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This is an interdisciplinary course providing students with a wide-ranging introduction to the Social Sciences – covering economics, human geography, political science and sociology. It is the second of two courses that explore the key debates, ideas and arguments in the social sciences today. The course is adapted from an Open University course, supplemented by discussions and examples from Aotearoa New Zealand.
Students examine how contemporary societies are made and repaired through three themes; material lives, connected lives and ordered lives. The course builds on its prerequisite 74112: Making Social Lives, by moving from the local, to the national and global scales. Key areas of focus covered through the three themes include: critical measures of economic progress and sustainable socio-economic practices; the impacts of migration, social change and globalization; and finally, how structures of governance and order are maintained by nation states. Throughout the course students are introduced to key social science methodologies, theories and encouraged to reflect on how arguments and knowledge claims are made and justified.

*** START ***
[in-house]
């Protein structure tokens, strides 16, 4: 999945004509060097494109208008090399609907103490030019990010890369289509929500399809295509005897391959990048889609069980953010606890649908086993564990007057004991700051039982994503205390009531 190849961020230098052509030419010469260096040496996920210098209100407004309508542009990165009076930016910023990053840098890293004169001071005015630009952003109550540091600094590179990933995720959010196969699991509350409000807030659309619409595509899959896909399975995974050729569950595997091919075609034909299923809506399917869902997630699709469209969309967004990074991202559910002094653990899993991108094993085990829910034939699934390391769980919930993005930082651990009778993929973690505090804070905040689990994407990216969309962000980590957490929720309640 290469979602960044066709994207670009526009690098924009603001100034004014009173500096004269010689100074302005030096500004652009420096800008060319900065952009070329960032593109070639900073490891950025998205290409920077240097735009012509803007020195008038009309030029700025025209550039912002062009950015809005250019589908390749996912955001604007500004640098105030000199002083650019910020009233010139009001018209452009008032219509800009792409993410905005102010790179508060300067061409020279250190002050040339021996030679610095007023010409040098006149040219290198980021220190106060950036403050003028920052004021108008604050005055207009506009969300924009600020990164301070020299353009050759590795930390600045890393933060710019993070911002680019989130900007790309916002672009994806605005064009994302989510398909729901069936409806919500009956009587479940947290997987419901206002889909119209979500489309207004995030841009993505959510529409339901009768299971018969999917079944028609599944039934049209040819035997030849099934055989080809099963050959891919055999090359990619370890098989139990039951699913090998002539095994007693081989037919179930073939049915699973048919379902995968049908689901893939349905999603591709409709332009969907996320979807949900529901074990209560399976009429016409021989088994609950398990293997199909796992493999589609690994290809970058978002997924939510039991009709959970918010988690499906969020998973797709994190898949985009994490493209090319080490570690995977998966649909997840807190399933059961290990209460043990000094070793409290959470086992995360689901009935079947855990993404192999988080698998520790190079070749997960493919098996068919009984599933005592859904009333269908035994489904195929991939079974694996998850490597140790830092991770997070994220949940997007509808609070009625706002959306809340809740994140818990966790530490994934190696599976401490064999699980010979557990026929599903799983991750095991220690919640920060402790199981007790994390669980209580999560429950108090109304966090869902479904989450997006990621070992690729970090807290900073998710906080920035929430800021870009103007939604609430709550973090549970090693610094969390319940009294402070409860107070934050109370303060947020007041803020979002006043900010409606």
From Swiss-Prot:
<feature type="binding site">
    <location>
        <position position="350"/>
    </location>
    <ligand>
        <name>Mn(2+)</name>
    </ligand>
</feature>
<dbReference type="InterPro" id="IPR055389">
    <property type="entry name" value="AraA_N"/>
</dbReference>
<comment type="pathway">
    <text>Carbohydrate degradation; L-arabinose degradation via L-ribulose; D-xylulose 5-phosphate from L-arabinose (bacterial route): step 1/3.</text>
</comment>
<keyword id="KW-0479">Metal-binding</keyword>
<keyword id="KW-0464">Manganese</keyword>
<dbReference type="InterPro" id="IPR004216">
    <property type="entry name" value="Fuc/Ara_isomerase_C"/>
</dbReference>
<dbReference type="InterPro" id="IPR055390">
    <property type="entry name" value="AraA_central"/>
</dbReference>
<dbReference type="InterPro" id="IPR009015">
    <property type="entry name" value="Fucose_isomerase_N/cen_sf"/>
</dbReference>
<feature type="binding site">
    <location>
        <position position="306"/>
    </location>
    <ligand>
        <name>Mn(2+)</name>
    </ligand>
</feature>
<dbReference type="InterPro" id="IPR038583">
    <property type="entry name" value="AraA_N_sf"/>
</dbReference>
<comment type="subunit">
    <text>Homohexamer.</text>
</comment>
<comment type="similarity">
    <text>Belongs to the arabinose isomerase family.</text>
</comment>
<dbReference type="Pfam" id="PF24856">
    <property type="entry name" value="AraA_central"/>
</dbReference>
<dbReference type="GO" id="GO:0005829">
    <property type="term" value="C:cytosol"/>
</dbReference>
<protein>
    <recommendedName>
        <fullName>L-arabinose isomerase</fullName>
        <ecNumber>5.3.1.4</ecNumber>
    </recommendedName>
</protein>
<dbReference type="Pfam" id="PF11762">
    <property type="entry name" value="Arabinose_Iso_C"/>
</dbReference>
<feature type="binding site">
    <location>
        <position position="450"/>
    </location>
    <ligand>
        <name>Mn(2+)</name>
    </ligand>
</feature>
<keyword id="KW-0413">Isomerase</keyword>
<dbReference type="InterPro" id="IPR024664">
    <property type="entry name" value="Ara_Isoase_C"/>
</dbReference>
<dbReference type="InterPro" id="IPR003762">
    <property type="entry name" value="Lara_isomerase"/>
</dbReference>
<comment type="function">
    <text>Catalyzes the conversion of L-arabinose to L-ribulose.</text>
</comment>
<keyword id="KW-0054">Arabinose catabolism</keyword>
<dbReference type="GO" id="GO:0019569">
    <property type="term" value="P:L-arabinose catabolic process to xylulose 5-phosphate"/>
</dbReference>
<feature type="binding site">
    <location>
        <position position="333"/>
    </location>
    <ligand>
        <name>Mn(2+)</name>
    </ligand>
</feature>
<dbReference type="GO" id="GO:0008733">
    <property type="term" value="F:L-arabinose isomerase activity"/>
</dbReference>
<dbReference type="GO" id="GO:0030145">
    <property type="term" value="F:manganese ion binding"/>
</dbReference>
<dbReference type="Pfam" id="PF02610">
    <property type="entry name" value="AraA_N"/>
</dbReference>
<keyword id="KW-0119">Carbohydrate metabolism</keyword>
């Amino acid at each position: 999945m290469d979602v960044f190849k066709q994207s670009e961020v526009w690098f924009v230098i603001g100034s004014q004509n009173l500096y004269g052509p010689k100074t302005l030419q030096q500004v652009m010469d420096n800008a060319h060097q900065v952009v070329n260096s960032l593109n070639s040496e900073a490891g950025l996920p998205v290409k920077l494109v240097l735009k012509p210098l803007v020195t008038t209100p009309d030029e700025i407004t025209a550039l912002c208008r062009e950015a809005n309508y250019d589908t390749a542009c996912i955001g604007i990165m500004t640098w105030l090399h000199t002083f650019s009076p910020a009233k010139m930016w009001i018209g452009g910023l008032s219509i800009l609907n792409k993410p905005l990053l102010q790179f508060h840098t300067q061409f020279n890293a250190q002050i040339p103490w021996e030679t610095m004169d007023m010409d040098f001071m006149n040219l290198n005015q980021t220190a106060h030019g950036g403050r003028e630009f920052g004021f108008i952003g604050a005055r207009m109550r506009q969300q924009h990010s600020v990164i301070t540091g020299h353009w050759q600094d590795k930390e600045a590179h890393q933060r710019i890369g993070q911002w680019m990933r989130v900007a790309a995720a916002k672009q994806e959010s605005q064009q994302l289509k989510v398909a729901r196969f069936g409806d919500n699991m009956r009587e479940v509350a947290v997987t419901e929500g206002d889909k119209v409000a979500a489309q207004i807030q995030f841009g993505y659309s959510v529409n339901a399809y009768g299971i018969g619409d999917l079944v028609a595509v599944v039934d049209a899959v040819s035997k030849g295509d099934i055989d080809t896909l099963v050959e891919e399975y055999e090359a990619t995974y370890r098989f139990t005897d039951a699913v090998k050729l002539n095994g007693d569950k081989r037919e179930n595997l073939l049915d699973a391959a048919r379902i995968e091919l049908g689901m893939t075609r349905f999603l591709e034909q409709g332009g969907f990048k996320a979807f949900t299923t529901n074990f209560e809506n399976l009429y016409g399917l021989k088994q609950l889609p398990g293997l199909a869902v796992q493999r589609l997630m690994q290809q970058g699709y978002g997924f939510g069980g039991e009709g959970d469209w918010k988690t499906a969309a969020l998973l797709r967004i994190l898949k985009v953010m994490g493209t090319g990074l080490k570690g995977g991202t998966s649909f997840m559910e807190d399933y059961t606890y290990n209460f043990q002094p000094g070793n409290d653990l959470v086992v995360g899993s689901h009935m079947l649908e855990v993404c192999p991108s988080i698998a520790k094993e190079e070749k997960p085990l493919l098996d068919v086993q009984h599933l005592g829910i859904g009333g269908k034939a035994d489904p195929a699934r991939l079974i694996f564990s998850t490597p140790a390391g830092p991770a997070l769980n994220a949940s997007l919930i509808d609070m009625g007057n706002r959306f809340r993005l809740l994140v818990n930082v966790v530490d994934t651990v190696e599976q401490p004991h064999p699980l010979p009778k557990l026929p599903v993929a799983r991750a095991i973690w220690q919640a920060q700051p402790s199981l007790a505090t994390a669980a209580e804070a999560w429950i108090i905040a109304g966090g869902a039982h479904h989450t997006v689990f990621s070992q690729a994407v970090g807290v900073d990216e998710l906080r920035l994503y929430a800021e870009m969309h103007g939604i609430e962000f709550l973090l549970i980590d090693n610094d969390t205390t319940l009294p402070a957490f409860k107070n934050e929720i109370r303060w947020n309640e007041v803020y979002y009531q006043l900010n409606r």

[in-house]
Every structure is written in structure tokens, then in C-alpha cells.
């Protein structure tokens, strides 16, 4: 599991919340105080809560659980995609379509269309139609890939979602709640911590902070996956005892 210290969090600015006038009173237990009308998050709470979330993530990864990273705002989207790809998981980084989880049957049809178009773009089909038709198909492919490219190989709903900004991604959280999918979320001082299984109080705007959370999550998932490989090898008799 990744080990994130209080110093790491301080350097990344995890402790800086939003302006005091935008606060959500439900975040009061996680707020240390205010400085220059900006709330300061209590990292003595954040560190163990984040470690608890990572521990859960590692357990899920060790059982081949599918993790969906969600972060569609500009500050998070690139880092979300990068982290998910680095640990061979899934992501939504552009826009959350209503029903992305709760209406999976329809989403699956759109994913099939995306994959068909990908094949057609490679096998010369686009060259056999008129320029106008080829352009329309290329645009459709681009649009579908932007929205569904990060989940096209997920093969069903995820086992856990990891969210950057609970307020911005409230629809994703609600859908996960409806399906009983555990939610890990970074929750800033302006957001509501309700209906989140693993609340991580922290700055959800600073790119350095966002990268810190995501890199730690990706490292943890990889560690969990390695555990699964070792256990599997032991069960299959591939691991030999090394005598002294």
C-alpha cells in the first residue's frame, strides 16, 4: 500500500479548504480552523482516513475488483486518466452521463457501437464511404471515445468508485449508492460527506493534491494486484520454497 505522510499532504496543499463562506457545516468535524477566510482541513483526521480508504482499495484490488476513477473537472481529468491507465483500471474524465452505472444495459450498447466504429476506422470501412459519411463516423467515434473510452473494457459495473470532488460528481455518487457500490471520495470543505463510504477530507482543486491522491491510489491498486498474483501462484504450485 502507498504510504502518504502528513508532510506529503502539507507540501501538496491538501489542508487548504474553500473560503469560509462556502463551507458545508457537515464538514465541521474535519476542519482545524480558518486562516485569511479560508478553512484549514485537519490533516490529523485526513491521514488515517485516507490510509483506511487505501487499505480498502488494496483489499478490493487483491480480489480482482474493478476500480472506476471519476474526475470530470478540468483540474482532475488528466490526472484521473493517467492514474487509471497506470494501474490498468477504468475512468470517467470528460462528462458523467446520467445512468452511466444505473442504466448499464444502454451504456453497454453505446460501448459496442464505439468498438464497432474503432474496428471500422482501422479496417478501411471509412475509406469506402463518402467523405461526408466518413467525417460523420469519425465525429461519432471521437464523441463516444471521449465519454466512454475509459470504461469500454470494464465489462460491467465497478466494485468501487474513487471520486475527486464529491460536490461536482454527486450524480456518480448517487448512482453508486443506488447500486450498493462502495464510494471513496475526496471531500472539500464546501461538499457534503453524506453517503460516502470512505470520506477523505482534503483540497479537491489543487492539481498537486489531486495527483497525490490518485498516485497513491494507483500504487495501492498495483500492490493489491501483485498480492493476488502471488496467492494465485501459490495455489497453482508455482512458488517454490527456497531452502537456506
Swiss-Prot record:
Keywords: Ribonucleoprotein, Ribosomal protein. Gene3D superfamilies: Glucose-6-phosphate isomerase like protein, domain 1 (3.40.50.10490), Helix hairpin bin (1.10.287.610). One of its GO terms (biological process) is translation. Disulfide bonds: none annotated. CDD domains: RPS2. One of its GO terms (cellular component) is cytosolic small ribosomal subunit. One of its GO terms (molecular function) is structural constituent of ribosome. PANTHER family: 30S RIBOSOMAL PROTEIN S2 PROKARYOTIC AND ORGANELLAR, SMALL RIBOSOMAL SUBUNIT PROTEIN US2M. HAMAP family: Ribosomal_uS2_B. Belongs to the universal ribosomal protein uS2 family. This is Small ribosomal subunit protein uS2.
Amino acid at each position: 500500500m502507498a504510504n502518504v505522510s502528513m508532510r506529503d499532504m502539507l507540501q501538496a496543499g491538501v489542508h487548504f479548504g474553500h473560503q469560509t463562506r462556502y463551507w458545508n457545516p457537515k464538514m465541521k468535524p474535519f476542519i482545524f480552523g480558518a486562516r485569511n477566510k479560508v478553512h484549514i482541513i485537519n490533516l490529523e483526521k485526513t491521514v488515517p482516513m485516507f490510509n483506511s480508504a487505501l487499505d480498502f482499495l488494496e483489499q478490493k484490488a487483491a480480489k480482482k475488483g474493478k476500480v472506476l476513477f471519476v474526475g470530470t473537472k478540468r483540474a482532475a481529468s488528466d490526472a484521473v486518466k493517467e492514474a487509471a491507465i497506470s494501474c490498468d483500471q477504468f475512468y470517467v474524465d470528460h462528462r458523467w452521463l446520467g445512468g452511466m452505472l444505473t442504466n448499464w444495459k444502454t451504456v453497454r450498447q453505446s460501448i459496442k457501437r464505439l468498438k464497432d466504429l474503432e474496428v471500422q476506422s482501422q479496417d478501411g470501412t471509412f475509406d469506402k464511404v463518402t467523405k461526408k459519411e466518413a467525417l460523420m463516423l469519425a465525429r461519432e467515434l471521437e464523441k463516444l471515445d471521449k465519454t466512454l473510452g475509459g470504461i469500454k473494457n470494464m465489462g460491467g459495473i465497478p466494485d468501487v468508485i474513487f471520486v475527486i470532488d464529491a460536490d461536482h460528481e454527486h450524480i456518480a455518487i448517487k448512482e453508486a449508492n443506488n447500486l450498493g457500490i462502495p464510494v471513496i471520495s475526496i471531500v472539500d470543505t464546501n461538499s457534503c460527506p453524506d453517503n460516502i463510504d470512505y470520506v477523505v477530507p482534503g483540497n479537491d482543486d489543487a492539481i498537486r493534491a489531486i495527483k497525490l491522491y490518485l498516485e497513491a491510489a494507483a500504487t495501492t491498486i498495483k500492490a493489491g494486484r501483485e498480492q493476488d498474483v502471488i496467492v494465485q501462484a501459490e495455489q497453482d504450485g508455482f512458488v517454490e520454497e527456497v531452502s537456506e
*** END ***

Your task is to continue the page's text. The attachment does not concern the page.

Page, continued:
This course is not available to international students.
Before enrolling in this course you need to:
Allow approximately 10-12 hours study time per week for each 20 credit course. This may be higher around assessment due dates or exam time.
If you need to discuss prerequisites for this course contact us
Critical exploration of the market economy, risk society, measures of sustainability and the ‘green society’
Critical exploration of migration, culture and nation states, focusing on movement and social change in relation to social identities
Critical exploration of the state and social order, including how threats to social order are identified and managed.
This course is 100% internally assessed